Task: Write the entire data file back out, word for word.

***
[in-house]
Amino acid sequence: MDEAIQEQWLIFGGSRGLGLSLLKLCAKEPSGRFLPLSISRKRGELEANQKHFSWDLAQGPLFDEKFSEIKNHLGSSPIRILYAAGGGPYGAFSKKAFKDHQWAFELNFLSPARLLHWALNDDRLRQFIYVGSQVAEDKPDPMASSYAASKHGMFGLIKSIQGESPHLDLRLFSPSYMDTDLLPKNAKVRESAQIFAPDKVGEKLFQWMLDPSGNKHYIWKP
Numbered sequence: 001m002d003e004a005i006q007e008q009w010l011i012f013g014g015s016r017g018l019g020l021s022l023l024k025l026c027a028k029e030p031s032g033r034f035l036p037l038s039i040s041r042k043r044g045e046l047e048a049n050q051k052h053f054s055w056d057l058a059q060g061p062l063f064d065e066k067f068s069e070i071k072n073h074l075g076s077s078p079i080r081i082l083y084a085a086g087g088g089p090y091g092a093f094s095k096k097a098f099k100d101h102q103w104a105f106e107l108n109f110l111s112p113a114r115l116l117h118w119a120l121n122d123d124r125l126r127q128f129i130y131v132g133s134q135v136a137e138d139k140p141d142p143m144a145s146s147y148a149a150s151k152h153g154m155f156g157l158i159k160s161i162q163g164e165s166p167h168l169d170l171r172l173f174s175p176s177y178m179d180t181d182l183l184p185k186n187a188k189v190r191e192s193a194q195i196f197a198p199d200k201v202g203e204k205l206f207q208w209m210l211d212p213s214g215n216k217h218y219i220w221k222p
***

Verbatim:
[in-house]
Amino acid sequence: MDEAIQEQWLIFGGSRGLGLSLLKLCAKEPSGRFLPLSISRKRGELEANQKHFSWDLAQGPLFDEKFSEIKNHLGSSPIRILYAAGGGPYGAFSKKAFKDHQWAFELNFLSPARLLHWALNDDRLRQFIYVGSQVAEDKPDPMASSYAASKHGMFGLIKSIQGESPHLDLRLFSPSYMDTDLLPKNAKVRESAQIFAPDKVGEKLFQWMLDPSGNKHYIWKP
Numbered sequence: 001m002d003e004a005i006q007e008q009w010l011i012f013g014g015s016r017g018l019g020l021s022l023l024k025l026c027a028k029e030p031s032g033r034f035l036p037l038s039i040s041r042k043r044g045e046l047e048a049n050q051k052h053f054s055w056d057l058a059q060g061p062l063f064d065e066k067f068s069e070i071k072n073h074l075g076s077s078p079i080r081i082l083y084a085a086g087g088g089p090y091g092a093f094s095k096k097a098f099k100d101h102q103w104a105f106e107l108n109f110l111s112p113a114r115l116l117h118w119a120l121n122d123d124r125l126r127q128f129i130y131v132g133s134q135v136a137e138d139k140p141d142p143m144a145s146s147y148a149a150s151k152h153g154m155f156g157l158i159k160s161i162q163g164e165s166p167h168l169d170l171r172l173f174s175p176s177y178m179d180t181d182l183l184p185k186n187a188k189v190r191e192s193a194q195i196f197a198p199d200k201v202g203e204k205l206f207q208w209m210l211d212p213s214g215n216k217h218y219i220w221k222p